“I am the true vine, and My Father is the vinedresser. Every branch in Me that does not bear fruit, He takes away; and every branch that bears fruit, He cleanses it, that it may bear more fruit. You are already clean because of the word which I have spoken to you. Abide in Me, and I in you. As the branch cannot bear fruit of itself, unless it abides in the vine, so neither can you, unless you abide in Me. (Jn 15:1-4).
The thought of our mutual indwelling, I in Christ and Christ in me, is a theme repeated often in John chapter 14. In chapter 15, the same idea is conveyed in a word picture about a vine and its branches.
Jesus is the vine. God, the Father, is the farmer. We are the vine’s branches. And we derive all of our life and fruit-producing energy from Jesus Christ, the true vine. Branches that “bear fruit” represent the true branches, the true believers, connected to the vine. The farmer “cleanses” or prunes us. And as this passage makes clear, we are “clean” because the word of God, in the person of Jesus, has taken root in our hearts.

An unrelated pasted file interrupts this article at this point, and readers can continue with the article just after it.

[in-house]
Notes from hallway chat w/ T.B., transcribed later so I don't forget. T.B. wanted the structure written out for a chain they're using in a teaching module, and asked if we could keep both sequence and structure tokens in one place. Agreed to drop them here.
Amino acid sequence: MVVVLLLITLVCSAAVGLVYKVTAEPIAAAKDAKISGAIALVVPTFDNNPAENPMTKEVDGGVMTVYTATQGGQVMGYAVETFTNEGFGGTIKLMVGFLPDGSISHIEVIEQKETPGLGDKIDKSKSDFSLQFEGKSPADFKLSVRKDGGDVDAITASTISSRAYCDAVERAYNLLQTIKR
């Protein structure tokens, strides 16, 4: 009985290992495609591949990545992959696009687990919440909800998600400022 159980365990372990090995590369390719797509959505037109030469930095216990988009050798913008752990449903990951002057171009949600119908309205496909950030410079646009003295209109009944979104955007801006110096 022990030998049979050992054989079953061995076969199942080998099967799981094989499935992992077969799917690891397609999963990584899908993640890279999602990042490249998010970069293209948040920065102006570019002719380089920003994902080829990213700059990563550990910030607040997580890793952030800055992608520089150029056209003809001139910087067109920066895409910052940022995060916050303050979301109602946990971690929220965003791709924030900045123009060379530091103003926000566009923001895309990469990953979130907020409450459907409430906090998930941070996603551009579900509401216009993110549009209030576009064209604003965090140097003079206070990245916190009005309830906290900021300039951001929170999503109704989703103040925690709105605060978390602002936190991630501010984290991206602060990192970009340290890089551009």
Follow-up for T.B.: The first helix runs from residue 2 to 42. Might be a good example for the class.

But what about the fruitless branch, the one being taken away? Remember what John recorded just a couple of chapters earlier, “Jesus said, ‘You are clean but not all of you.’ For Jesus knew the one who was betraying Him; for this reason He said, ‘Not all of you are clean’ ” (Jn:13:10-11). Judas was connected to Jesus per se as one of the twelve, but not “attached” in a life-giving way by faith in Jesus. He was not a true follower. That type of situation of somewhat connected to Jesus, but not by a true faith, is represented by the unfruitful branch.
But we are fruitful branches abiding in the Vine while the Vine sends its life-giving energy into us. Now it is very important to understand the “abiding” and “bearing fruit” that is going on here. The English syntax makes it sound like our choice to “abide” (and the fruit bearing that goes with it) could be an on again-off again process; like the abiding choice is up to us. Is that the case? We will talk about it next time.